The author of The Map of Salt and Stars returns with a novel following three generations of Syrian Americans who are linked by a mysterious species of bird and the truths they carry close to their hearts.
The author, a Syrian-American who previously published under a different name and has since transitioned to male, embellishes his novel with tinges of magic realism and beautifully rendered descriptions of birds flitting in and out of characters’ lives. Despite a languid pace and a transparent substitution of story lines for plot, The Thirty Names of Night stands out for its lyrical quality, its filmic peek into the early-20th-century Syro-Lebanese communities of Manhattan and Dearborn, Mich., and a contemporary protagonist whose self-abnegation stems from an unrelenting sense of bodily imprisonment.
... an intimate, intergenerational saga centered on a trans artist in search of himself, his community and answers to the questions his mother left behind ... This is a story about community, how constructed systems of power work to destroy queer and trans people of color and the immigrant community at the root, as well as resilience, even though it should not be necessary just to survive. How found family is a lifesaving thing, a freeing remaking that allows for the multitudes of shifting truths we can hold ... explores the possibilities of masculinity outside of white cisheteronormativity, that lives inside the contradiction of, when at last presented with another person who shares at least some of his experiences with gender, 'I think to myself, It is terrifying to be visible, and then I think, I have been waiting all my life to be seen.' And that’s what this masterpiece of a book will do for so many readers ... Every single page of this novel is incandescent in its precise, propulsive beauty. Lyric, poetic and deeply wise, The Thirty Names of Night is a radiant work of fiction that feels like an outright act of healing. Joukhadar weaves an intimate story across generations, and he ties them together in a way that’s both viscerally satisfying and openly enchanting. This is a love letter to a queer and trans community, Syrian American immigrants, the act of art and of naming oneself, and our place in the world, among other migratory creatures. Joukhadar gives us unapologetically queer and trans immigrant catharsis in the wake of unimaginable destruction and grief ... Powerful, poignant and deliberately hopeful, its far-reaching impact makes The Thirty Names of Night a modern classic that is sure to dazzle readers for a long time. But I also can’t imagine a book that I needed more this particular year. It is one of my all-time favorite novels.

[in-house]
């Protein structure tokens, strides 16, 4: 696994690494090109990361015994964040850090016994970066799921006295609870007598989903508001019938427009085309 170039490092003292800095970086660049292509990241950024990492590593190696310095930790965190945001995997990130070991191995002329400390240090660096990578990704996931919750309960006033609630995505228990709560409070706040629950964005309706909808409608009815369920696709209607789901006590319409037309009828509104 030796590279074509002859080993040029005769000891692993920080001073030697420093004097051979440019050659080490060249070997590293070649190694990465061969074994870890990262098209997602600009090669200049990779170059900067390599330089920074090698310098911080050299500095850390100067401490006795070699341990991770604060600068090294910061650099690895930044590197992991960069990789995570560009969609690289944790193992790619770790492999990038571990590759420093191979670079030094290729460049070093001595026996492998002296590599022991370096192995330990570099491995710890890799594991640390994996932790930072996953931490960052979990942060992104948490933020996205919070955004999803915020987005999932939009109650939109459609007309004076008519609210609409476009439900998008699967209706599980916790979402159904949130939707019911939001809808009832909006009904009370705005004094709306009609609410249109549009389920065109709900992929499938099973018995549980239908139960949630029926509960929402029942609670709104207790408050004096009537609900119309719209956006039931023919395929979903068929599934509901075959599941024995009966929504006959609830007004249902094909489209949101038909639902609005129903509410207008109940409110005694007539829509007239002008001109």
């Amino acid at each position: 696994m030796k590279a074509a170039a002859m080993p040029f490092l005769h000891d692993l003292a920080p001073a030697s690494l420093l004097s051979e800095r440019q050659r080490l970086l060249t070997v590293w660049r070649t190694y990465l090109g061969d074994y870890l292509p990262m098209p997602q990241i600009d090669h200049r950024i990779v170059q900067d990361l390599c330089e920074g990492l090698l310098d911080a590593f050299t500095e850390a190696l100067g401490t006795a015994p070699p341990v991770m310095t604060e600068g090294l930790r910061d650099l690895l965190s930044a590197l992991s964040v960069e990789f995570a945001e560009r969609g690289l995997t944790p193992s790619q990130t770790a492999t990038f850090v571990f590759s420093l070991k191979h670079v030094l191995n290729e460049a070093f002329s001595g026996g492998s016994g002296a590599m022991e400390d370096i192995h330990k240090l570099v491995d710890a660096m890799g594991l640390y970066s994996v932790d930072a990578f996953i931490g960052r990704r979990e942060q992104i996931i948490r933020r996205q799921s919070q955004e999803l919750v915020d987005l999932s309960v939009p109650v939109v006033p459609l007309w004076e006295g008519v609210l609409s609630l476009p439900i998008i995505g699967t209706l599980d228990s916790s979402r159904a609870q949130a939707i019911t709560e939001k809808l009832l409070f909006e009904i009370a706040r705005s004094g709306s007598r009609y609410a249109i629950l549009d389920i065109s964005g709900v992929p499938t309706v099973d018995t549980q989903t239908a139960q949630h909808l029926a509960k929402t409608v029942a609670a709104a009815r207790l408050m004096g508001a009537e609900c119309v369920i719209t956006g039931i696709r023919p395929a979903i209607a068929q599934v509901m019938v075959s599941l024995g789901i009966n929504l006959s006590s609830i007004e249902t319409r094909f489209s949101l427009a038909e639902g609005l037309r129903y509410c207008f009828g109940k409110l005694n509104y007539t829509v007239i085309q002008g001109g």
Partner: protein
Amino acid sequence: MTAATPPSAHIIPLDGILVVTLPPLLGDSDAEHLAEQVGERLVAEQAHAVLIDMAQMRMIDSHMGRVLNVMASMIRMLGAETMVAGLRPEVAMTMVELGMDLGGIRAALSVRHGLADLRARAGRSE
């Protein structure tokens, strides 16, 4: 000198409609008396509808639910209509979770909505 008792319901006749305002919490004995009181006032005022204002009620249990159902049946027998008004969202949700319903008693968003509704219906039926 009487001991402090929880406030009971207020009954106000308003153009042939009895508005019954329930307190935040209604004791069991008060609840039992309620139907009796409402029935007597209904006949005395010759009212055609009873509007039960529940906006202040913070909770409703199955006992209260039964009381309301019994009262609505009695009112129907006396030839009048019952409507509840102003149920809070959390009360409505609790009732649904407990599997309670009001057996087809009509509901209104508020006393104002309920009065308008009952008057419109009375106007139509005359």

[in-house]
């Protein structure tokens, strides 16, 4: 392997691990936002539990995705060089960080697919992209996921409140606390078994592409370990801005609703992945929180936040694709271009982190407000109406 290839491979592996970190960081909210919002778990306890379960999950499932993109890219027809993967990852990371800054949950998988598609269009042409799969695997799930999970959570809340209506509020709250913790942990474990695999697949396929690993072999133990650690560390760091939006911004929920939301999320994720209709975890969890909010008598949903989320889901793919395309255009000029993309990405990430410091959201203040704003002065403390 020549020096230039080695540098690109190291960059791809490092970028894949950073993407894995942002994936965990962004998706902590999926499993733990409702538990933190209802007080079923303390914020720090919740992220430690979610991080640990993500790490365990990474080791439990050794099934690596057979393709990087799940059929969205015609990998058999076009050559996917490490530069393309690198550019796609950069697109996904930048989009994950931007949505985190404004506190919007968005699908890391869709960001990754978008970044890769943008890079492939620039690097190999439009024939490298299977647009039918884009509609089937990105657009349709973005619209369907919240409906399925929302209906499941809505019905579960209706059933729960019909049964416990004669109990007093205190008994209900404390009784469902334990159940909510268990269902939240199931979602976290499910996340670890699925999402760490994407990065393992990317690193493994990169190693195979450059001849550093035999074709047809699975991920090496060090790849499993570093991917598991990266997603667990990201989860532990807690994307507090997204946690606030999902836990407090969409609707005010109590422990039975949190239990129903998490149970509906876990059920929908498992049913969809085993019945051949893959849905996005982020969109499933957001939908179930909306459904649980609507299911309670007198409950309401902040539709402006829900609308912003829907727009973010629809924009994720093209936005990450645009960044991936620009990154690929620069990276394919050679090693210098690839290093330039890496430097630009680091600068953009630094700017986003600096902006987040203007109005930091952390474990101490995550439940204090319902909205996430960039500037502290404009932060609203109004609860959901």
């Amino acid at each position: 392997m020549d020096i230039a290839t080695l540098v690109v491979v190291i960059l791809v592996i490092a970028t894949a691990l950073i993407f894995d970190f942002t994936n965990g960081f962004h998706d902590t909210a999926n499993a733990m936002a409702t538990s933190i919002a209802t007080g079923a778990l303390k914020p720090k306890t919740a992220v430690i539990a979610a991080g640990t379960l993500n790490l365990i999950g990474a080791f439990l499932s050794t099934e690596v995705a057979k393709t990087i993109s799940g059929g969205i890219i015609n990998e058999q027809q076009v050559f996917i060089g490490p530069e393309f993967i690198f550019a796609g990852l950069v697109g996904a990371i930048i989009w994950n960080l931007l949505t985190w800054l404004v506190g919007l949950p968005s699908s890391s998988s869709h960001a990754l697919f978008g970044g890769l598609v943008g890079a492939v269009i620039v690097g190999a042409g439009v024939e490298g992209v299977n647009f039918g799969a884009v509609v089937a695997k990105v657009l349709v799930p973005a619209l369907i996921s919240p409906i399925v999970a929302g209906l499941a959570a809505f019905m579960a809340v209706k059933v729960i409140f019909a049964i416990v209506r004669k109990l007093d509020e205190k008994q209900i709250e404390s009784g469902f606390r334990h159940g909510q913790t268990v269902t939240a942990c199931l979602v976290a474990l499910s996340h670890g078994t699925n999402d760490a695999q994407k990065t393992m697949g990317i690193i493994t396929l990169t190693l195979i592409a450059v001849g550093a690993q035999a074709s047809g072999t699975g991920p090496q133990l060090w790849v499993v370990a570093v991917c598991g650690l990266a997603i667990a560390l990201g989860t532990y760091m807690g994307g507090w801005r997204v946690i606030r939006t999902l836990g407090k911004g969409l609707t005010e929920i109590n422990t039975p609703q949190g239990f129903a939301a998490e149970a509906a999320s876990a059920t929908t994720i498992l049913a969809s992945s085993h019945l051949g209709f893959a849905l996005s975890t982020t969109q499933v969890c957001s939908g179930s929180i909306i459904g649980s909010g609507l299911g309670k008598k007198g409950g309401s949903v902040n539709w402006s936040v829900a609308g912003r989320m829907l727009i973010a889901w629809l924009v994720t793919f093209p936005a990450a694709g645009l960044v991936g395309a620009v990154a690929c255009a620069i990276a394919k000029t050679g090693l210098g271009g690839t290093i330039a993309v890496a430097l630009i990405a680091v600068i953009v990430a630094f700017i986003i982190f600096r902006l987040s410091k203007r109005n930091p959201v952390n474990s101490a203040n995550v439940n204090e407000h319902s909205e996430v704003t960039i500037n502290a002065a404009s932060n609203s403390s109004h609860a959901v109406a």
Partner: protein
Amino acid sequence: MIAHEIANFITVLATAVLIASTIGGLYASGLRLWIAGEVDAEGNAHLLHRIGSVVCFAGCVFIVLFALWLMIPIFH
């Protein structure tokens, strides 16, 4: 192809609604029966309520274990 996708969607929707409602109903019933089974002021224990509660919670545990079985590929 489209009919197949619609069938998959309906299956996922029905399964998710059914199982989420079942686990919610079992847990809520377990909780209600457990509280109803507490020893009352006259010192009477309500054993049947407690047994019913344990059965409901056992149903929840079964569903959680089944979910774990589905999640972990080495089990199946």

... Joukhadar’s poetic writing presents a world where the boy finds traces of his mother in everything, whether she appears as an apparition or just a faint whiff of thyme. He clings to her memory as he struggles to come to terms with his identity—and Joukhadar gives us a vivid portrait of what the loss of a loved one can leave behind ... Standing at the crossroads of art, history, queerness, and community, The Thirty Names of Night presents two engrossing narratives whose convergence is astounding and heartbreaking in turn. Joukhadar writes with intricacy and care, and the dual narratives parallel each other in beautiful and unexpected ways in this culturally and linguistically rich novel.